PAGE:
State Muni Funds

Discuss all general (i.e. non-personal) investing questions and issues, investing news, and theory.
Post Reply
grenadaRocks
Posts: 10
Joined: Sat Mar 11, 2017 11:33 pm

State Muni Funds

Post by grenadaRocks » Mon Apr 02, 2018 4:35 pm

Why does Vanguard only have so few state specific muni funds - example NY, NJ, CA - and not for all the other states?

Are there other companies that have worthwhile state specific Muni funds?

lack_ey
Posts: 6613
Joined: Wed Nov 19, 2014 11:55 pm

Re: State Muni Funds

Post by lack_ey » Mon Apr 02, 2018 5:41 pm

Some states have no state income tax (and others have low income tax), so a state-specific fund would not make sense.

Many of the other states are smaller and have less wealthy and high-earning populations, and state-specific funds may not be able to gather enough assets to be worthwhile for the likes of a Vanguard.

That's why you see California, New York, Pennsylvania, Ohio, etc., but not Texas, Florida, or Vermont.

Some other fund companies cover states Vanguard doesn't, but generally at high enough expense ratios I don't think it's worth it.

User avatar
Pajamas
Posts: 6015
Joined: Sun Jun 03, 2012 6:32 pm

Re: State Muni Funds

Post by Pajamas » Mon Apr 02, 2018 5:45 pm

They probably only create such funds when there is both sufficient demand and supply of bonds to make a fund in the first place.

Lots of states have fewer than 2,000,000 residents and then when you look at the number of people who could benefit from a muni bond fund and then at the number who would invest in them and then at the number of people who would invest in them at Vanguard in a state like Wyoming, it is probably much smaller than the number of employees Vanguard has, which is about 15,000. You could literally end up with a handful of customers. Vanguard already has information about the number of bond fund customers they have in each state and how much they each have invested.

Some states probably do not issue enough bonds to create a robust market in them, anyway.

https://simple.wikipedia.org/wiki/List_ ... population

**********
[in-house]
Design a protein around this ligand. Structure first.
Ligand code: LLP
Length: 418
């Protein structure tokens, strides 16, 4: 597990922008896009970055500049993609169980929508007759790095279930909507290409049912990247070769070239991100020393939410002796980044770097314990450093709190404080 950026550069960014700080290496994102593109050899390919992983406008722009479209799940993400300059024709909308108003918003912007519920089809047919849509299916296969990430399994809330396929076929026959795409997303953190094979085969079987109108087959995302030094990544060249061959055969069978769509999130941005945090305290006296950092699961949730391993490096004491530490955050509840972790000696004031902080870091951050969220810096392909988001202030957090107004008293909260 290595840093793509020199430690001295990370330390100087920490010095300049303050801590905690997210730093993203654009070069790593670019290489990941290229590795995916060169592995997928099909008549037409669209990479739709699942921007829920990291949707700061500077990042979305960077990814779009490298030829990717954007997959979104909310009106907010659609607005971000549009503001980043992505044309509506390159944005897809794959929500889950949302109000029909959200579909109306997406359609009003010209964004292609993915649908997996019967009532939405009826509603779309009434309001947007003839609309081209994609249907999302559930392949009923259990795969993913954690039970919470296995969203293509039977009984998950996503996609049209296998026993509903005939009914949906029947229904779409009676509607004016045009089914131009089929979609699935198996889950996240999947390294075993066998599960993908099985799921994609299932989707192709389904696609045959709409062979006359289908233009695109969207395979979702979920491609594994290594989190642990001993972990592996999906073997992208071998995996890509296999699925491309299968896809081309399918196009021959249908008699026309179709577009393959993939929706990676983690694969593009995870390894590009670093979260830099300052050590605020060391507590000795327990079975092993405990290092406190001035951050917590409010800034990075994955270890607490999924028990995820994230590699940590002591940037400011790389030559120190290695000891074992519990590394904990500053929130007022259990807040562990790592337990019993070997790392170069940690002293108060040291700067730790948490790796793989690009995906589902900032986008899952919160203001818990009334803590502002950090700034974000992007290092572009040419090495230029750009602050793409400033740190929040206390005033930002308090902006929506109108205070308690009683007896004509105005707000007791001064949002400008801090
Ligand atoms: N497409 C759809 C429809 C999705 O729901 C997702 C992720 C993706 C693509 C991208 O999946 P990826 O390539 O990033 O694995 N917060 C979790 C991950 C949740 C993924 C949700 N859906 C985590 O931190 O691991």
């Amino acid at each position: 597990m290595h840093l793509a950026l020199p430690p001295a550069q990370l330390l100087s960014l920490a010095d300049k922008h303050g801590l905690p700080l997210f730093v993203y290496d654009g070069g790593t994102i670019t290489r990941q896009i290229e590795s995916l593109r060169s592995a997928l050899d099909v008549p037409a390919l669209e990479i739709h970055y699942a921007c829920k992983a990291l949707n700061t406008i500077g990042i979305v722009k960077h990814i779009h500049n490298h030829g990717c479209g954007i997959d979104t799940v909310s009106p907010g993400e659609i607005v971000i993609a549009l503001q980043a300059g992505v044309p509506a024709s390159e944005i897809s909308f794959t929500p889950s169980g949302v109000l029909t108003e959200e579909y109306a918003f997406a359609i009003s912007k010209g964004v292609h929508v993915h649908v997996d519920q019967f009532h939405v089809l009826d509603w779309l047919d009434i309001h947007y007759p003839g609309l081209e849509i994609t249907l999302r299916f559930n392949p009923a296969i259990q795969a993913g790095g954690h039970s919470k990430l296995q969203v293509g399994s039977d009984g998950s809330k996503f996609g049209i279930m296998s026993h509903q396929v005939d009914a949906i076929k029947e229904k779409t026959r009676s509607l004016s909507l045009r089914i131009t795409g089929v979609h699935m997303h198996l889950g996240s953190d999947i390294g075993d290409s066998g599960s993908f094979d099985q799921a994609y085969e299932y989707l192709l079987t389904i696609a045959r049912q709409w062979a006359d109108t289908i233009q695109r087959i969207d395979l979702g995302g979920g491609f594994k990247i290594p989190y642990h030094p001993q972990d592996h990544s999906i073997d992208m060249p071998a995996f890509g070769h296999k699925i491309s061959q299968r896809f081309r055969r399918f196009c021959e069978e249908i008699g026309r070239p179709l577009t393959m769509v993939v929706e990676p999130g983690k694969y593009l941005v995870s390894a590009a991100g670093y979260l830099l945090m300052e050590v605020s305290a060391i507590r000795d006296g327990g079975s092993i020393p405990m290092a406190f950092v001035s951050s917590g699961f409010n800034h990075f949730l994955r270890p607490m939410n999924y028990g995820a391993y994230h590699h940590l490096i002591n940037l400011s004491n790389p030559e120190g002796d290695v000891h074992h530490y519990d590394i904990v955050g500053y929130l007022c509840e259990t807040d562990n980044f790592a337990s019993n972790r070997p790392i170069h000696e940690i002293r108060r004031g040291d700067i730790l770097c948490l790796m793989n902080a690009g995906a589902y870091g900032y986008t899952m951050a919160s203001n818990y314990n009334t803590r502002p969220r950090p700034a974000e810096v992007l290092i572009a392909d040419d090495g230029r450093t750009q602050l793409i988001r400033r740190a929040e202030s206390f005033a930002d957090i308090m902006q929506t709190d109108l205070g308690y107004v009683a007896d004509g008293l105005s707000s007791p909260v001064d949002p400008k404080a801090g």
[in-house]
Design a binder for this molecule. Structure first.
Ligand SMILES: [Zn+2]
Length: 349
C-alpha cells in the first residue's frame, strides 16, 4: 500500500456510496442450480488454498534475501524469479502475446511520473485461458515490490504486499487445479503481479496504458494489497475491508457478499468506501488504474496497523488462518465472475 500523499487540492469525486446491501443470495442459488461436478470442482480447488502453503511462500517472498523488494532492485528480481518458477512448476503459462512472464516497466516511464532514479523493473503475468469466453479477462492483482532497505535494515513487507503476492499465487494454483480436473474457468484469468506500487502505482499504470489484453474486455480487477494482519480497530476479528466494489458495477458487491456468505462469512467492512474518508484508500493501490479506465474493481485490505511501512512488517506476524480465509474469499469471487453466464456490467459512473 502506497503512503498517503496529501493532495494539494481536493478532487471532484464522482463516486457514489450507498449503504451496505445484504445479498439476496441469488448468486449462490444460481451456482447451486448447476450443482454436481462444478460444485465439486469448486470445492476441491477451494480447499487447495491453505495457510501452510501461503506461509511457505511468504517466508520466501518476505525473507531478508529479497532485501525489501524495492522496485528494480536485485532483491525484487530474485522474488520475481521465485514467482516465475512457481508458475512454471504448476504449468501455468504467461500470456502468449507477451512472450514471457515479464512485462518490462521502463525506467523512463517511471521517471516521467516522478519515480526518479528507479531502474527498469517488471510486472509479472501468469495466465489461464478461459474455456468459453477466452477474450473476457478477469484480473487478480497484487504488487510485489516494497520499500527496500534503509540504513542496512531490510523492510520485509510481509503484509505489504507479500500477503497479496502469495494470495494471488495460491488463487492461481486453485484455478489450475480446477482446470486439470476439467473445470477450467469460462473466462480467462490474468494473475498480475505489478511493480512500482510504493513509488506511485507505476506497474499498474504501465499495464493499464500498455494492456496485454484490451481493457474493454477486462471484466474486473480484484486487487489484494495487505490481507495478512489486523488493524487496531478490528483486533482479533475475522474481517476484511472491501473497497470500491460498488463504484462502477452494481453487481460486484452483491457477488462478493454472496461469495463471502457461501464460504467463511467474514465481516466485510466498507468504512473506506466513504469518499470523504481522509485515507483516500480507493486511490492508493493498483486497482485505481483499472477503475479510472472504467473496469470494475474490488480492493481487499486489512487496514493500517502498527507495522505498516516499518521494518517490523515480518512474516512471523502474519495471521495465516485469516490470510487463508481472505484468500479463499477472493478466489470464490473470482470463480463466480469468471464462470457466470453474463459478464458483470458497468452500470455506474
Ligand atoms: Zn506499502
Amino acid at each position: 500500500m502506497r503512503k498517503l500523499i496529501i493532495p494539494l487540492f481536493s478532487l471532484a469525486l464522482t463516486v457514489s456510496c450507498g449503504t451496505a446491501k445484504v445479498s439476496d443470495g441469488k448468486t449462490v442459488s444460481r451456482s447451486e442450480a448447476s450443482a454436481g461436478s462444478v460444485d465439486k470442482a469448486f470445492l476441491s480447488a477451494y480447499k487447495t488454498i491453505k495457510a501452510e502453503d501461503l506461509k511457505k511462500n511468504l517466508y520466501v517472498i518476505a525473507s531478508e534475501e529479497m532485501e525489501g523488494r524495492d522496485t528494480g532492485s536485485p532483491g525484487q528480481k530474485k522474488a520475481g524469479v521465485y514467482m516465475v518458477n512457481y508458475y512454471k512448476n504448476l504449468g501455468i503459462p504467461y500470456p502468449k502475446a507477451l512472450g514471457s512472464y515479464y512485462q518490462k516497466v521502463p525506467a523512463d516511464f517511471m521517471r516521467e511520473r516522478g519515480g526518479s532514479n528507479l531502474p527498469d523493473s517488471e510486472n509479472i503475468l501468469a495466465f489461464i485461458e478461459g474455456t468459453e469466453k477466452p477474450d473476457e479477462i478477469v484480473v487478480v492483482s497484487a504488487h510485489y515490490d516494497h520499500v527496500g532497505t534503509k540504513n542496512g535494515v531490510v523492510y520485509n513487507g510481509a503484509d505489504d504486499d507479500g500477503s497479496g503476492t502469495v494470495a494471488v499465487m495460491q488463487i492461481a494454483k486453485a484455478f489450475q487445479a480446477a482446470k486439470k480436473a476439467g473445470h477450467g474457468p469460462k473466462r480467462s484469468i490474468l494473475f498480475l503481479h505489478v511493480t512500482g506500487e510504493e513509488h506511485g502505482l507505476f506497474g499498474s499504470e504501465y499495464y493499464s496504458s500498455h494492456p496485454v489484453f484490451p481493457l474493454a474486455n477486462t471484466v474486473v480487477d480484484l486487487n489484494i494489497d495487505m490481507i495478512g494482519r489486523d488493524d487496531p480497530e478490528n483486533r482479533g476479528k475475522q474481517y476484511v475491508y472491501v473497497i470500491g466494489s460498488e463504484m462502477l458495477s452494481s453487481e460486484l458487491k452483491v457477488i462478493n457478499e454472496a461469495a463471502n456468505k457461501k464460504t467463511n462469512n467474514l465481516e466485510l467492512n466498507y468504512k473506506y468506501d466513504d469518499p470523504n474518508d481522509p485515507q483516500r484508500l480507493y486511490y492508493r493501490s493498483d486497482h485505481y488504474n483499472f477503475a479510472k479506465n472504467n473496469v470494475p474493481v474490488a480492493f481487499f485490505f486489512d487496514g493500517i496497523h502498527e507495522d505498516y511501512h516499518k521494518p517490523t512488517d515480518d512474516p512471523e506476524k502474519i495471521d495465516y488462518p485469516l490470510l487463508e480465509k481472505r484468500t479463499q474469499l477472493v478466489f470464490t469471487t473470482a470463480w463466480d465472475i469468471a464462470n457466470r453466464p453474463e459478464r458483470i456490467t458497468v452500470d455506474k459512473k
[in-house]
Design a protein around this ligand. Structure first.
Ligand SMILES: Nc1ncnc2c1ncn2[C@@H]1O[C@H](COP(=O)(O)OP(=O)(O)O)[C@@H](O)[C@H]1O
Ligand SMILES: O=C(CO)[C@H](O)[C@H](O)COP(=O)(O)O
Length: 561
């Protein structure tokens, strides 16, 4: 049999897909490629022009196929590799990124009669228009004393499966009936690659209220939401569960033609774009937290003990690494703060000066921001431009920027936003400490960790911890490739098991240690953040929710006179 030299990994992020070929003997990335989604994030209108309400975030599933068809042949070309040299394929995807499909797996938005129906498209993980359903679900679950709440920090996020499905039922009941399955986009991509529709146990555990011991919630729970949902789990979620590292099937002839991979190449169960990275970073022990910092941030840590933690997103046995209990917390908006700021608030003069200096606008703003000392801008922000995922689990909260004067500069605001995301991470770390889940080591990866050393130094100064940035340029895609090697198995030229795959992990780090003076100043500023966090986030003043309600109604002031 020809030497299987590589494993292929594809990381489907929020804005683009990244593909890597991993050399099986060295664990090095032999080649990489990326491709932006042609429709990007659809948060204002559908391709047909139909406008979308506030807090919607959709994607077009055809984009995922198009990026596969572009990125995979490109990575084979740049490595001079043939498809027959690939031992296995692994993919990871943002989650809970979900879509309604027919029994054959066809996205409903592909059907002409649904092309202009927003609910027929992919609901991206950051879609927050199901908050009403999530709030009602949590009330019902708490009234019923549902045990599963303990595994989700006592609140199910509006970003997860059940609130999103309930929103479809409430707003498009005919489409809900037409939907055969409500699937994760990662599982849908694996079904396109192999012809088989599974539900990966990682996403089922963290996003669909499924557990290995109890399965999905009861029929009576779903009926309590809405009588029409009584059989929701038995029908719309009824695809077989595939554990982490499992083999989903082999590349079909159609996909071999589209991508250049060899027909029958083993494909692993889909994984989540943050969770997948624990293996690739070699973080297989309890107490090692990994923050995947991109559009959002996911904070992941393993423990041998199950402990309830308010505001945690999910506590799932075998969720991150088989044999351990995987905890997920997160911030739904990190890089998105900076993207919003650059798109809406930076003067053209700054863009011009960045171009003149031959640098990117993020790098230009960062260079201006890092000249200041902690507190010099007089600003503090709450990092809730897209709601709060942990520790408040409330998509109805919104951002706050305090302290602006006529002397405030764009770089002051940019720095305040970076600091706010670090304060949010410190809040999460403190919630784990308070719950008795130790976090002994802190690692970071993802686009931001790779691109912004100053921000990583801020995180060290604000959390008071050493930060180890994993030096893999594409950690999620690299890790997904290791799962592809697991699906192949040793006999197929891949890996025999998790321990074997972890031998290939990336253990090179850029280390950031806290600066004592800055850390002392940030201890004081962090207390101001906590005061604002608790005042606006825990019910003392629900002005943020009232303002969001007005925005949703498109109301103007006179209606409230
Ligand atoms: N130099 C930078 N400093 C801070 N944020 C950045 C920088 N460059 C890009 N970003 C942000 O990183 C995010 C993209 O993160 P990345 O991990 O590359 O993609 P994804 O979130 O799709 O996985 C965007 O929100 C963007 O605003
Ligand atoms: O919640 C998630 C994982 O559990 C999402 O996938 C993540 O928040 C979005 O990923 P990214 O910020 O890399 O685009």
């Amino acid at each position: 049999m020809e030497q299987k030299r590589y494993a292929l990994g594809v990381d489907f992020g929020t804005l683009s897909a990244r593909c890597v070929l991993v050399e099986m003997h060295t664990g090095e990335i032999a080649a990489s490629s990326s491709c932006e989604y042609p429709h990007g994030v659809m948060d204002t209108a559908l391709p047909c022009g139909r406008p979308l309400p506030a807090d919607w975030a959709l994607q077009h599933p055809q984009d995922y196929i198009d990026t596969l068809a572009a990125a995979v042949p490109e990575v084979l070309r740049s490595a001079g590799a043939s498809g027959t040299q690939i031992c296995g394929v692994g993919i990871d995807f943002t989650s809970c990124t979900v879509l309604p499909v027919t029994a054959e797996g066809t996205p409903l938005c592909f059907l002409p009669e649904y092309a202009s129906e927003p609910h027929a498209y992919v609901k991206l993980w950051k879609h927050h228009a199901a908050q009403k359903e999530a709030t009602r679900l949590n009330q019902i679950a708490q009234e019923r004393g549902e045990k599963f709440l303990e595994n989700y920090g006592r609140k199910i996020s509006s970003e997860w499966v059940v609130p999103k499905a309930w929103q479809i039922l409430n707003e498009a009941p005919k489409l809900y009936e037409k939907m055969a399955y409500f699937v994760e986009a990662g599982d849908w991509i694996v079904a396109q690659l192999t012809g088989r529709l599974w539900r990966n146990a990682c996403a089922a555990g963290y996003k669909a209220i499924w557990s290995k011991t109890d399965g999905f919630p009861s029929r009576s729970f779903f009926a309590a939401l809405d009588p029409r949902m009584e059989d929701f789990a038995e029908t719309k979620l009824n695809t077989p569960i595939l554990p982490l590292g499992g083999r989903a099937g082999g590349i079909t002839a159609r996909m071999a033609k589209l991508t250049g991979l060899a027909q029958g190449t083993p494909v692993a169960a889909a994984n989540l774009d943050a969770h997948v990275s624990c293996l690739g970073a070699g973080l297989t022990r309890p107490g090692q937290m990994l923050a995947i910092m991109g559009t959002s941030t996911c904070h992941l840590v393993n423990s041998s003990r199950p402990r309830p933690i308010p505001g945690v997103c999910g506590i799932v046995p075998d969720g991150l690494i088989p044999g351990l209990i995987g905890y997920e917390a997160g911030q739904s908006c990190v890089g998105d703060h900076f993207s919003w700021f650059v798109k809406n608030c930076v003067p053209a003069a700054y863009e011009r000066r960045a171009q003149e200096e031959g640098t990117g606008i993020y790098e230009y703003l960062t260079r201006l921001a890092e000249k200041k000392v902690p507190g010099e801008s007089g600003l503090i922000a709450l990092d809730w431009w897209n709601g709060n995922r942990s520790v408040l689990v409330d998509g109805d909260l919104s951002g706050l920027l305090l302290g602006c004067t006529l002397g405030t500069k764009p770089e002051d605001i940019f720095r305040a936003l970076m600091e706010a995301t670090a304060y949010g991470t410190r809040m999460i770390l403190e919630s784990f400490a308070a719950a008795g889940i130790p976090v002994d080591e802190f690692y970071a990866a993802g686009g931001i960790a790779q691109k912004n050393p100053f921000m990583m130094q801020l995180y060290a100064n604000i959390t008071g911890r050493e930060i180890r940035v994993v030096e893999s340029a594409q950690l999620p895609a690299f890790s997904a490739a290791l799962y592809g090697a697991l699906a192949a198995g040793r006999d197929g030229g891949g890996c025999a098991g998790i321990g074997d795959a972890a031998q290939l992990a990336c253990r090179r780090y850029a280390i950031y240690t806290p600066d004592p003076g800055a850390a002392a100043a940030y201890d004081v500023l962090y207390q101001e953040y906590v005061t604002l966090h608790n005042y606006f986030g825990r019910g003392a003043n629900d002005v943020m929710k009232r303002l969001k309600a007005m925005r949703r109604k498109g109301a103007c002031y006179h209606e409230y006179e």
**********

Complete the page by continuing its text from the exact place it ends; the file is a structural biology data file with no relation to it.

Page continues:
User avatar
Artsdoctor
Posts: 3504
Joined: Thu Jun 28, 2012 3:09 pm
Location: Los Angeles, CA

Re: State Muni Funds

Post by Artsdoctor » Tue Apr 03, 2018 4:50 pm

There has to be demand and there has to be bonds. But you'd also WANT diversification.

The national intermediate muni fund has over 7500 bonds, just for perspective. The CA intermediate muni fund has nearly 3500 bonds.

On the other hand, the OH, MA, and NJ long-term muni funds have about 500 bonds each. I can see the appeal of having a little bit of state-specific muni fund variety in your portfolio but those portfolios in the state-specific funds are really tiny. Even the NY long-term muni fund barely has 1000 bonds.

Iliketoridemybike
Posts: 572
Joined: Wed Jun 28, 2017 11:03 am

Re: State Muni Funds

Post by Iliketoridemybike » Tue Apr 03, 2018 7:16 pm

Artsdoctor wrote:
Tue Apr 03, 2018 4:50 pm
There has to be demand and there has to be bonds. But you'd also WANT diversification.

The national intermediate muni fund has over 7500 bonds, just for perspective. The CA intermediate muni fund has nearly 3500 bonds.

On the other hand, the OH, MA, and NJ long-term muni funds have about 500 bonds each. I can see the appeal of having a little bit of state-specific muni fund variety in your portfolio but those portfolios in the state-specific funds are really tiny. Even the NY long-term muni fund barely has 1000 bonds.
I’ll take double tax free over diversification.

Tallis
Posts: 70
Joined: Tue Mar 29, 2016 7:23 pm

Re: State Muni Funds

Post by Tallis » Wed Apr 04, 2018 10:23 am

lack_ey wrote:
Mon Apr 02, 2018 5:41 pm
Some other fund companies cover states Vanguard doesn't, but generally at high enough expense ratios I don't think it's worth it.
That's my experience as a Minnesotan. Even with our relatively high income tax, I come out ahead holding a Vanguard national muni fund rather than one of the higher-expense Minnesota-specific funds.

User avatar
grabiner
Advisory Board
Posts: 22696
Joined: Tue Feb 20, 2007 11:58 pm
Location: Columbia, MD

Re: State Muni Funds

Post by grabiner » Wed Apr 04, 2018 10:09 pm

Artsdoctor wrote:
Tue Apr 03, 2018 4:50 pm
There has to be demand and there has to be bonds. But you'd also WANT diversification.

The national intermediate muni fund has over 7500 bonds, just for perspective. The CA intermediate muni fund has nearly 3500 bonds.

On the other hand, the OH, MA, and NJ long-term muni funds have about 500 bonds each. I can see the appeal of having a little bit of state-specific muni fund variety in your portfolio but those portfolios in the state-specific funds are really tiny. Even the NY long-term muni fund barely has 1000 bonds.